Though semi-faithful to Anne Tyler’s novel of the same title, the movie lacks the unique spirit and tone of the book. Director Lawrence Kasdan, whose work is usually humorless, proves to be the wrong filmmaker for translating onto the screen the novel’s affectionate and humorous treatment of its eccentric characters.
After the senseless death of their son, the marriage of Macon Leary (William Hurt) and Sarah Leary (Kathleen Turner) falls apart, and they separate. Macon then falls for an eccentric dog trainer, Muriel Pritchett (Geena Davis), but his emotional paralysis limits their relationship.
In voice-over narration, Macon Leary says: “A business traveler should bring only what fits in a carry-on bag. Checking your luggage is asking for trouble.”
The first part of the film, depicting the troubled marriage of the Learys, is rather weak. Sarah charges: “There’s something so muffled about the way you experience things. It’s as if you were trying to slip through life unchanged.” For his part, Macon is beginning to thing that “maybe it’s not just how much you love someone. Maybe what matters is who you are when you’re with them.”
The film suffers from slow pacing, melancholy tone, and lugubrious score. Fans of Tyler’s novel found the movie to be sketchy and its action baffling, to say the least.
Geena Davis’ exuberant performance is the film’s strongest and most vivid element, though her Supporting Oscar nomination was questionable; many believed she deserved a lead nomination since her role is sizeable and crucial to the narrative. Kasdan was snubbed by his colleagues at the Directors Branch, but the screenplay was nominated.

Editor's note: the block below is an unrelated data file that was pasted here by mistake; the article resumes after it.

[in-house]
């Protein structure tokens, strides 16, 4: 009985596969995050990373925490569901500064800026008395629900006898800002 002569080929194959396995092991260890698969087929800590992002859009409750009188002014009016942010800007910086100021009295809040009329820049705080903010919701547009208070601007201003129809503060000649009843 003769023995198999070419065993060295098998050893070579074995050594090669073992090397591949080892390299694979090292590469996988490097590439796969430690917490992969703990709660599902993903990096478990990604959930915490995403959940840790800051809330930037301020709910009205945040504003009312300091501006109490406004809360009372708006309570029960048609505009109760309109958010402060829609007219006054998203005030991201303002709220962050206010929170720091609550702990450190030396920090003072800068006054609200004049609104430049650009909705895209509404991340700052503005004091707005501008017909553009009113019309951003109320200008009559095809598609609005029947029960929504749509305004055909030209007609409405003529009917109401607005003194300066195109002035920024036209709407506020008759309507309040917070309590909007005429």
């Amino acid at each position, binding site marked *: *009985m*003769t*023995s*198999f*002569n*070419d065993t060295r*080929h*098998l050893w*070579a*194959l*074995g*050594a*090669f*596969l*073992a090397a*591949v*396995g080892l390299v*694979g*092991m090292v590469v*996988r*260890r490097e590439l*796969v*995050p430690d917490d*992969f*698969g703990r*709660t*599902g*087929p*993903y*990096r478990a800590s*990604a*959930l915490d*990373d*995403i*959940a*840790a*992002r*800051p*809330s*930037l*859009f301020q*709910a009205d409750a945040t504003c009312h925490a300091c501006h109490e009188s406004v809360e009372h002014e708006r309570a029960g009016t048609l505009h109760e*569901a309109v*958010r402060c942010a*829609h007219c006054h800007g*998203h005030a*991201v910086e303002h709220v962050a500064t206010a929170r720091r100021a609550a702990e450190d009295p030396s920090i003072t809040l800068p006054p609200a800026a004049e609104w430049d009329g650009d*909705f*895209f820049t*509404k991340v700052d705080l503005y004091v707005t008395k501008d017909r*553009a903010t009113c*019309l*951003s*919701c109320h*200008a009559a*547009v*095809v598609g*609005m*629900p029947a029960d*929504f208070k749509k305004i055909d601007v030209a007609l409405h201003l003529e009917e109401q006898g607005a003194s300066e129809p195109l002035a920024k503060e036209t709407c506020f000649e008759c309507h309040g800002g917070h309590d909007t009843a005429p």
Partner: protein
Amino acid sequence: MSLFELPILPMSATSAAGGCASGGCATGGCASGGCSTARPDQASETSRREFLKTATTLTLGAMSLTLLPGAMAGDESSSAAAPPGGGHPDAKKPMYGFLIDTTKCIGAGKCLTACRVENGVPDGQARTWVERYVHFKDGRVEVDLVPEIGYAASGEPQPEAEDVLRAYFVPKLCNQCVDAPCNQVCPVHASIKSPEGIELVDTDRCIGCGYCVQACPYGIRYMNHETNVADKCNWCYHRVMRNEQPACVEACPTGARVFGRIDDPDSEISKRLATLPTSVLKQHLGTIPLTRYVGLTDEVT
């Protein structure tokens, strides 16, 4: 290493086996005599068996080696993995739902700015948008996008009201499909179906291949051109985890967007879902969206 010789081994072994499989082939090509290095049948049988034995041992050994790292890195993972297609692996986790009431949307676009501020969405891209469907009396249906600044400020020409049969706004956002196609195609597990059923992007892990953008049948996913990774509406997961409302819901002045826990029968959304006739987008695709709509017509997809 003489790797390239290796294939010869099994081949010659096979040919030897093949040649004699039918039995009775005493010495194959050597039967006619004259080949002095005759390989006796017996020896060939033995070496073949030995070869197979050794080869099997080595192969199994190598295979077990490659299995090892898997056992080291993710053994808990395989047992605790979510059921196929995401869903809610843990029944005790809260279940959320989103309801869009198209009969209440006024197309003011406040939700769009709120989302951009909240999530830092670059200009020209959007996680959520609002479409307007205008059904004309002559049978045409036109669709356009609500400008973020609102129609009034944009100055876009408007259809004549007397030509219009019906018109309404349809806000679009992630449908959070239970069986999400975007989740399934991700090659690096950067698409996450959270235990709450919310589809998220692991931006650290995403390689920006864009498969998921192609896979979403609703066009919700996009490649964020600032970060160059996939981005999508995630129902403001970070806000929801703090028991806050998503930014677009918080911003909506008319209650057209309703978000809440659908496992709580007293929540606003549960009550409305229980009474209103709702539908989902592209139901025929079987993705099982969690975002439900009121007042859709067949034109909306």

The story provides a new romantic myth for the 1980s, a time of widespread marriage and hoped-for birth. But, with the exceptions of the Geena Davis sequences, the movie is flat and mute. “The Accidental Tourist” is a bizarre date movie, one more suitable for darker times of lower expectations.
Released in prime Oscar time, in December, the film won Best Picture from the New York Film Critics Circle. However, the Best Picture Oscar nomination of “The Accidental Tourist,” the only psychological drama that year, caught many critics and industry members by surprise.
At Oscar time, the film competed against the witty, offbeat costume piece, “Dangerous Liaisons”; the controversial political expose, “Mississippi Burning,” which was faulted for distorting reality; Mike Nicholss light comedy about corporate-ladder-climbing, “Working Girl”; and Barry Levinson’s siblings serio-comedy, “Rain Man,” which won Best Picture, Director, and Actor (Dustin Hoffman).
In 1988, the Adapted Screenplay Oscar went to Christopher Hampton for “Dangerous Liaisons.” Composer John Williams lost the award to Dave Grushin, who won for Robert Redford’s “The Milagro Beanfield War.”
Oscar Nominations: 4
Picture, produced by Lawrence Kasdan, Charles Okun, and Michael Grillo.
Screenplay (Adapted): Frank Galati and Lawrence Kasdan, based on the novel by Anne Tyler
Supporting Actress: Geena Davis
Score: John Williams
Oscar Awards: 1
Macon Leary (William Hurt)
Sarah Leary (Kathleen Turner)
Muriel Pritchett (Geena Davis)
Rose (Amy Wright)
Julian (Bill Pullman)
Alexander Pritchett (Robert Gorman)
Porter Leary (David Ogden Stiers)
Charles Leary (Ed Begley Jr.)
Mr. Loomis (Bradley Mott)
Ethan (Seth Granger)
Produced by Lawrence Kasdan, Charles Okun, Michael Grillo
Director: Kawrence Kasdan
Camera: John Bailey
Editor: Carol Littleton
Music: John Williams
Production design: Bo Welch
Costumes: Ruth Myers
Running time: 121 Minutes